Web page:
Deadly plague epidemic in Madagascar is now at ‘crisis’ point and could reach mainland Africa where it will be ‘difficult to control’, warns expert as World Bank releases $5M of aid

Friday, November 3, 2017
By Paul Martin

Cases of the plague have spiraled by 37 per cent in less than a week, data shows
The World Health Organization now states that there are 1,801 suspected cases
At least 127 deaths have been recorded, but experts warn this could also rocket
The ‘unprecedented’ outbreak has prompted warnings in nine nearby countries
World Bank released an extra $5 million (£3.8m) to control the deadly outbreak

3 November 2017

The deadly plague epidemic that has rocked the island of Madagascar could reach mainland Africa, a respected disease expert has warned.

The outbreak, which has been described the worst in 50 years’ and has now reached ‘crisis’ point, has prompted World Health Organization officials to place nine African countries on high alert.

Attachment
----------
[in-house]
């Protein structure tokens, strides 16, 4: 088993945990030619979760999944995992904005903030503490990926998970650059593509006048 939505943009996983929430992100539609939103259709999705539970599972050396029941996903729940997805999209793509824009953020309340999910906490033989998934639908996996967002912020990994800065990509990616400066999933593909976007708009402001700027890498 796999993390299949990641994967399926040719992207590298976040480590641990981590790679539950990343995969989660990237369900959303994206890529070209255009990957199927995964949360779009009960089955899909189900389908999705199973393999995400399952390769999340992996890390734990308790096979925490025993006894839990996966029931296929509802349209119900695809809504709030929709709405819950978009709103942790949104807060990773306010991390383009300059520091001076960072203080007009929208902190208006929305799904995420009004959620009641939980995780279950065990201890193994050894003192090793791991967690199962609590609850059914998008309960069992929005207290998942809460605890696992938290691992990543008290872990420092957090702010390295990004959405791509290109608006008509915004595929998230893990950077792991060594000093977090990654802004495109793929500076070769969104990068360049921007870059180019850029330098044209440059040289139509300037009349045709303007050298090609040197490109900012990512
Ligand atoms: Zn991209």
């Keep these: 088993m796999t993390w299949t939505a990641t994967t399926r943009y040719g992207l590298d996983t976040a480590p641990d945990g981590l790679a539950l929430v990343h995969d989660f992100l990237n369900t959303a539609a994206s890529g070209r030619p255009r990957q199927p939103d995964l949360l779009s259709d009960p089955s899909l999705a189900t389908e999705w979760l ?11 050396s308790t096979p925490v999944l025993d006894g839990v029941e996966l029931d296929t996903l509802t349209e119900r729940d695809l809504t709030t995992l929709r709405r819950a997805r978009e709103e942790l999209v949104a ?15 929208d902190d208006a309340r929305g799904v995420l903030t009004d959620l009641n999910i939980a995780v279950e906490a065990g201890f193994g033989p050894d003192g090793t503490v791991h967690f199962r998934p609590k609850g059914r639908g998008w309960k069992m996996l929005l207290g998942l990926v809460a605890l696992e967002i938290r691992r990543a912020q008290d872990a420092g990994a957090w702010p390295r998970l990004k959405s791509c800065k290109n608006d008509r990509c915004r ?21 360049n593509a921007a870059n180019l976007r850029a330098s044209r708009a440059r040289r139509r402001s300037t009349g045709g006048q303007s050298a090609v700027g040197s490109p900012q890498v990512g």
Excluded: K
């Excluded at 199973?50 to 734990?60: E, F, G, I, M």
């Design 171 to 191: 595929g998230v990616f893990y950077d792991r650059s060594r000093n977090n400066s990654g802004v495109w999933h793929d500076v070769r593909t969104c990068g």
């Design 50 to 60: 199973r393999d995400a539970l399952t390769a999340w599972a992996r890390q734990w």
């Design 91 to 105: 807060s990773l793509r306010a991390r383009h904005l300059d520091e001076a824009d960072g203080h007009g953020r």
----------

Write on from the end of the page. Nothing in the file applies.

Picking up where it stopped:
South Africa, Seychelles, La Reunion, Mozambique, Tanzania, Kenya, Ethiopia, Comoros and Mauritius have all been told to brace for potential cases in the coming weeks.

Today Paul Hunter, professor of health protection at the world-renowned University of East Anglia, is the first expert to predict it could reach mainland Africa.

Speaking to MailOnline exclusively, he said: ‘The big anxiety is that it could spread to mainland Africa, it’s not probable, but certainly possible, that might then be difficult to control.’

‘If we don’t carry on doing stuff here, at one point something will happen and it will get out of hand control cause huge devastation all around the world.’

An analysis of plague cases by this website has revealed they have spiraled by nearly 40 per cent in less than week, with figures showing that at least 1,800 are now infected with the ‘medieval disease’ which has claimed 127 lives. The epidemic could strike a further 20,000 people in just a matter of weeks if current trends continue.

Earlier today, amid concerns the plague had reached crisis points, the World Bank released an extra $5 million (£3.8m) to control the deadly outbreak. The money will allow for the deployment of personnel to battle the outbreak in the affected regions, the disinfection of buildings and fuel for ambulances.

Two thirds of cases have been caused by the airborne pneumonic plague, which can be spread through coughing, sneezing or spitting and kill within 24 hours.

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